Suppose there are 10 people sit in a circle, start from player 1, there is a book, at each time, the book can pass to the left neighboring player, or pass to the right neighboring player, with equal probability $0.5$. The game stops once all player have touched this book. Compute the probability that the book is locate at player 7 when the game stop.

I try to use Markov chain to compute the probability, we let $(a,b)$ denote the state of the game, for example, $(2,-1)$ means the book is currently at player 2, and players 1,2, and player -1(in our case with 10 people, the 10th player) all toched this book. Then I try to write down a recursion relation equation, this approach is very messy, and I want to ask whether you guys can have a better method?

  • $\begingroup$ You need one more number in your state description. It needs to be $(a,b,c)$ where $a$ is the person with the book and the range that have touched the book are $b$ to $c$. I don't have anything better $\endgroup$ – Ross Millikan Oct 9 at 19:00
  • $\begingroup$ Does person $1$'s having the book to begin with count as "touching" the book, so that the game can never end at person $1$? Or perhaps you mean "receiving" the book rather than "touching" it. $\endgroup$ – saulspatz Oct 9 at 19:10

A tool that makes this problem much easier is the following lemma. Consider a symmetric random walk on the $n$-edge path with vertices $v_0, v_1, \dots, v_n$. Then, starting from vertex $1$, the probability of reaching vertex $v_n$ before reaching vertex $v_0$ is $\frac 1n$.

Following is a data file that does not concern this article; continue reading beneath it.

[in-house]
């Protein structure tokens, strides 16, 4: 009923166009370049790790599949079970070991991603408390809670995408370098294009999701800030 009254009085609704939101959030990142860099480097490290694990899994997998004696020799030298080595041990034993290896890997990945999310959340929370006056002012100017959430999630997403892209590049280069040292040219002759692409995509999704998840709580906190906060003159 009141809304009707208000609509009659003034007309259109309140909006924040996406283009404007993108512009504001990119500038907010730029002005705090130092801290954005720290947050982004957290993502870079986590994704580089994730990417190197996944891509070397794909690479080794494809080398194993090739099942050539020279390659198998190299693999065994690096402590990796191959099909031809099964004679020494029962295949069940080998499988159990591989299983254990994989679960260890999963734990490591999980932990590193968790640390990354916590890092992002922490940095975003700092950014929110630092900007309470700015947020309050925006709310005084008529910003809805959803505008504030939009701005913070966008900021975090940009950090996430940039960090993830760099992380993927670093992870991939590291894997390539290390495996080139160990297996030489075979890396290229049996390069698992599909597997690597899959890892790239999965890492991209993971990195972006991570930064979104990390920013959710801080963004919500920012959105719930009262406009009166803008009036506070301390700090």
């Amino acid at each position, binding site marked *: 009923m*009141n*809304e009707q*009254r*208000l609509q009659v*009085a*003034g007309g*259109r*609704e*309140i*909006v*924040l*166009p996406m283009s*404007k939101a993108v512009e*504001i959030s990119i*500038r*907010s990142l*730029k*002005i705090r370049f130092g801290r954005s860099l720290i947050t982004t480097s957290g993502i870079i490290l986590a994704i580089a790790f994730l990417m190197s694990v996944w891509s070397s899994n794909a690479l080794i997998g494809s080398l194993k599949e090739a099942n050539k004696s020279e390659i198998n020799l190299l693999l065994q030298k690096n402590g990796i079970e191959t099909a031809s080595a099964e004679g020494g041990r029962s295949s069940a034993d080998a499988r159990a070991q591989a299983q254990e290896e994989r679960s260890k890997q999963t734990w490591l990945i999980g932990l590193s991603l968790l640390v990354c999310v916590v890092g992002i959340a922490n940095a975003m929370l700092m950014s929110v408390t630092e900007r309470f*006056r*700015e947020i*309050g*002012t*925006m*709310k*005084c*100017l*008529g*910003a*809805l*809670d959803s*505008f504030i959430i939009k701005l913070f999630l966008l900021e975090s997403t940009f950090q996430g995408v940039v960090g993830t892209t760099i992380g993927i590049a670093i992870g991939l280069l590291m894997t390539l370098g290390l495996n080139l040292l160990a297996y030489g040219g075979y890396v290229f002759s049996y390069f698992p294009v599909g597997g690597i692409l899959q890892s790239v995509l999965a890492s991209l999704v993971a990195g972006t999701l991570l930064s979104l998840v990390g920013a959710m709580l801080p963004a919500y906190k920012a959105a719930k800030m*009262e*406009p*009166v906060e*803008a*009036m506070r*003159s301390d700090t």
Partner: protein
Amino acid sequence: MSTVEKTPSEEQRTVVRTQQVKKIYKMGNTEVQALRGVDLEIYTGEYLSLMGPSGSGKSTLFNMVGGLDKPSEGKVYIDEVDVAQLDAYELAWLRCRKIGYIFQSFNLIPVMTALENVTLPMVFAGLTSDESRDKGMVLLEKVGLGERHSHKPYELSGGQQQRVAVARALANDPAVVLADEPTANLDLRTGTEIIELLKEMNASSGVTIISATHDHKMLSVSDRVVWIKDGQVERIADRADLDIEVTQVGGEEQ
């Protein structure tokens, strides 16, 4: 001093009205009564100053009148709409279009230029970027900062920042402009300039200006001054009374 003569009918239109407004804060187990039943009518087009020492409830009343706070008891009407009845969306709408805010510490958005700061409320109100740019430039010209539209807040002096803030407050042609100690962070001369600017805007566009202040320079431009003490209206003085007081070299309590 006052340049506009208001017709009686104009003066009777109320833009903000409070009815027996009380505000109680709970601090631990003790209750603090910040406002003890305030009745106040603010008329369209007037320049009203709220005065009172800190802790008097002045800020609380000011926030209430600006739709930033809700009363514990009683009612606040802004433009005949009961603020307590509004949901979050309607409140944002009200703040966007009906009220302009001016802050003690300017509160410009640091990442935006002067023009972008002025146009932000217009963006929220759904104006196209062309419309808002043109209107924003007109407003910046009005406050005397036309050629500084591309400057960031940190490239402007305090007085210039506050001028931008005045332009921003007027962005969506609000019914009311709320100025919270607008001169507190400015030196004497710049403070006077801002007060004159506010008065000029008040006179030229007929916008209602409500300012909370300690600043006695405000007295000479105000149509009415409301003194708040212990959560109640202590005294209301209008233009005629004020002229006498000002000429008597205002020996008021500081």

More generally, the probability is $\frac kn$ when starting from vertex $v_k$. We can prove this by verifying that $p_k = \frac kn$ satisfies the equations $$ p_0 = 0,\quad p_n = 1,\quad p_k = \frac12(p_{k-1} + p_{k-1}) \text{ for } 1 \le k \le n-1. $$

Assuming this lemma, let's play the game until one of players $6$ or $8$ receives the book. The two cases are symmetric; assume it's player $6$, but the exact same argument will work for the other case. Then we know that

  • From here on out, if we see player $8$ before we see player $7$, we know player $7$ will be last: if we've seen both of $7$'s neighbors, we've seen everyone else.
  • If we see player $7$ before we see player $8$, we know player $7$ won't be last.

So the probability that player $7$ is last is the probability that we see player $8$ before player $7$, which is the probability of seeing the end of the path $$7 - 6 - 5 - 4 - 3 - 2 - 1 - 10 - 9 - 8$$ before seeing the start, beginning from vertex $6$. That probability is $\frac19$.

So player $7$ has a $\frac19$ probability of being the last player.

In general, the same is true for any player, except possibly for players $10, 1, 2$ depending on how you want to handle the starting player. If player $1$ counts as having touched the book, then player $1$ has a $0$ chance of being last and the other players all have a $\frac19$ chance. If player $1$ doesn't count as having touched the book, then players $10$ and $2$ have a $\frac1{18}$ chance and the other players (including $1$) have a $\frac19$ chance.


Your Answer

By clicking “Post Your Answer”, you agree to our terms of service, privacy policy and cookie policy

Not the answer you're looking for? Browse other questions tagged or ask your own question.